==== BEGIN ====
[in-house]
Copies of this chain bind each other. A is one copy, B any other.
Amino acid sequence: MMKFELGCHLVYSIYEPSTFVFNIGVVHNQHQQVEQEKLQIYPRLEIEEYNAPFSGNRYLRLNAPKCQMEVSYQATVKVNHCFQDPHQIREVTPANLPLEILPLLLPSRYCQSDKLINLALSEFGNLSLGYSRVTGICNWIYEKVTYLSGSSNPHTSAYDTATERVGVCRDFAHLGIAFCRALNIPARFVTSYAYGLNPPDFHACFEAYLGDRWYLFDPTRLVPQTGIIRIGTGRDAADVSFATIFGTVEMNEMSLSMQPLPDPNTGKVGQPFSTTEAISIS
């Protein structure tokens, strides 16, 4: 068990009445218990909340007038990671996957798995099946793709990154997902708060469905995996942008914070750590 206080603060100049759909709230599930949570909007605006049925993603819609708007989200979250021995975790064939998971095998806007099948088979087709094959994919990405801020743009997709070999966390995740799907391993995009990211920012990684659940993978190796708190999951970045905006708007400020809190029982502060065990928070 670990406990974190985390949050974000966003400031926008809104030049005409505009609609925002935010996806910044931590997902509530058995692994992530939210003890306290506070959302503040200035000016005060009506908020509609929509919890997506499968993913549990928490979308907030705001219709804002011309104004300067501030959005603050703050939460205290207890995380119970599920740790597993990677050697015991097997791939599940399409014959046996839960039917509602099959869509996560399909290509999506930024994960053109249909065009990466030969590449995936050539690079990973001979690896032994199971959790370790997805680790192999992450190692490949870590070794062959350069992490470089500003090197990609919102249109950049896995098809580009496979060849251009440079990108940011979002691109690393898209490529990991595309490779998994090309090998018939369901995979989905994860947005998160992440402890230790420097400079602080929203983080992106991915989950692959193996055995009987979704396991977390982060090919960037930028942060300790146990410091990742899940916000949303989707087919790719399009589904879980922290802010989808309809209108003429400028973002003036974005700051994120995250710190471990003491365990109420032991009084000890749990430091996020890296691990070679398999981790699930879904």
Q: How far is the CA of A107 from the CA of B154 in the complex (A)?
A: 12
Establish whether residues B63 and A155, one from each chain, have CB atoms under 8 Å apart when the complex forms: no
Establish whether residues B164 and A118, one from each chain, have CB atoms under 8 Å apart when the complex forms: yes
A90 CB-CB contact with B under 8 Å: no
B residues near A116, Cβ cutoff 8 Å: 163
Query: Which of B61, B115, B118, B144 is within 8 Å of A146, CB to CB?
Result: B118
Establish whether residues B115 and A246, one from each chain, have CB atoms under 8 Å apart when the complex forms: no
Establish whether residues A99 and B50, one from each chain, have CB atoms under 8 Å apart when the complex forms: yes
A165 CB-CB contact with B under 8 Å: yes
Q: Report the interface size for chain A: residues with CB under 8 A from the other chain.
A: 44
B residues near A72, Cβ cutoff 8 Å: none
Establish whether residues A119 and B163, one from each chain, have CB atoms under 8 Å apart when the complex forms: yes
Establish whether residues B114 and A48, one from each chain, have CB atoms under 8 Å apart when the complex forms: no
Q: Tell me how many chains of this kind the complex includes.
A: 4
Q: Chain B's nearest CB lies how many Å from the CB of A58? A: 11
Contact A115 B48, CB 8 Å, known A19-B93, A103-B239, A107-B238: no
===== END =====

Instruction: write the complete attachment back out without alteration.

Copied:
[in-house]
Copies of this chain bind each other. A is one copy, B any other.
Amino acid sequence: MMKFELGCHLVYSIYEPSTFVFNIGVVHNQHQQVEQEKLQIYPRLEIEEYNAPFSGNRYLRLNAPKCQMEVSYQATVKVNHCFQDPHQIREVTPANLPLEILPLLLPSRYCQSDKLINLALSEFGNLSLGYSRVTGICNWIYEKVTYLSGSSNPHTSAYDTATERVGVCRDFAHLGIAFCRALNIPARFVTSYAYGLNPPDFHACFEAYLGDRWYLFDPTRLVPQTGIIRIGTGRDAADVSFATIFGTVEMNEMSLSMQPLPDPNTGKVGQPFSTTEAISIS
């Protein structure tokens, strides 16, 4: 068990009445218990909340007038990671996957798995099946793709990154997902708060469905995996942008914070750590 206080603060100049759909709230599930949570909007605006049925993603819609708007989200979250021995975790064939998971095998806007099948088979087709094959994919990405801020743009997709070999966390995740799907391993995009990211920012990684659940993978190796708190999951970045905006708007400020809190029982502060065990928070 670990406990974190985390949050974000966003400031926008809104030049005409505009609609925002935010996806910044931590997902509530058995692994992530939210003890306290506070959302503040200035000016005060009506908020509609929509919890997506499968993913549990928490979308907030705001219709804002011309104004300067501030959005603050703050939460205290207890995380119970599920740790597993990677050697015991097997791939599940399409014959046996839960039917509602099959869509996560399909290509999506930024994960053109249909065009990466030969590449995936050539690079990973001979690896032994199971959790370790997805680790192999992450190692490949870590070794062959350069992490470089500003090197990609919102249109950049896995098809580009496979060849251009440079990108940011979002691109690393898209490529990991595309490779998994090309090998018939369901995979989905994860947005998160992440402890230790420097400079602080929203983080992106991915989950692959193996055995009987979704396991977390982060090919960037930028942060300790146990410091990742899940916000949303989707087919790719399009589904879980922290802010989808309809209108003429400028973002003036974005700051994120995250710190471990003491365990109420032991009084000890749990430091996020890296691990070679398999981790699930879904």
Q: How far is the CA of A107 from the CA of B154 in the complex (A)?
A: 12
Establish whether residues B63 and A155, one from each chain, have CB atoms under 8 Å apart when the complex forms: no
Establish whether residues B164 and A118, one from each chain, have CB atoms under 8 Å apart when the complex forms: yes
A90 CB-CB contact with B under 8 Å: no
B residues near A116, Cβ cutoff 8 Å: 163
Query: Which of B61, B115, B118, B144 is within 8 Å of A146, CB to CB?
Result: B118
Establish whether residues B115 and A246, one from each chain, have CB atoms under 8 Å apart when the complex forms: no
Establish whether residues A99 and B50, one from each chain, have CB atoms under 8 Å apart when the complex forms: yes
A165 CB-CB contact with B under 8 Å: yes
Q: Report the interface size for chain A: residues with CB under 8 A from the other chain.
A: 44
B residues near A72, Cβ cutoff 8 Å: none
Establish whether residues A119 and B163, one from each chain, have CB atoms under 8 Å apart when the complex forms: yes
Establish whether residues B114 and A48, one from each chain, have CB atoms under 8 Å apart when the complex forms: no
Q: Tell me how many chains of this kind the complex includes.
A: 4
Q: Chain B's nearest CB lies how many Å from the CB of A58? A: 11
Contact A115 B48, CB 8 Å, known A19-B93, A103-B239, A107-B238: no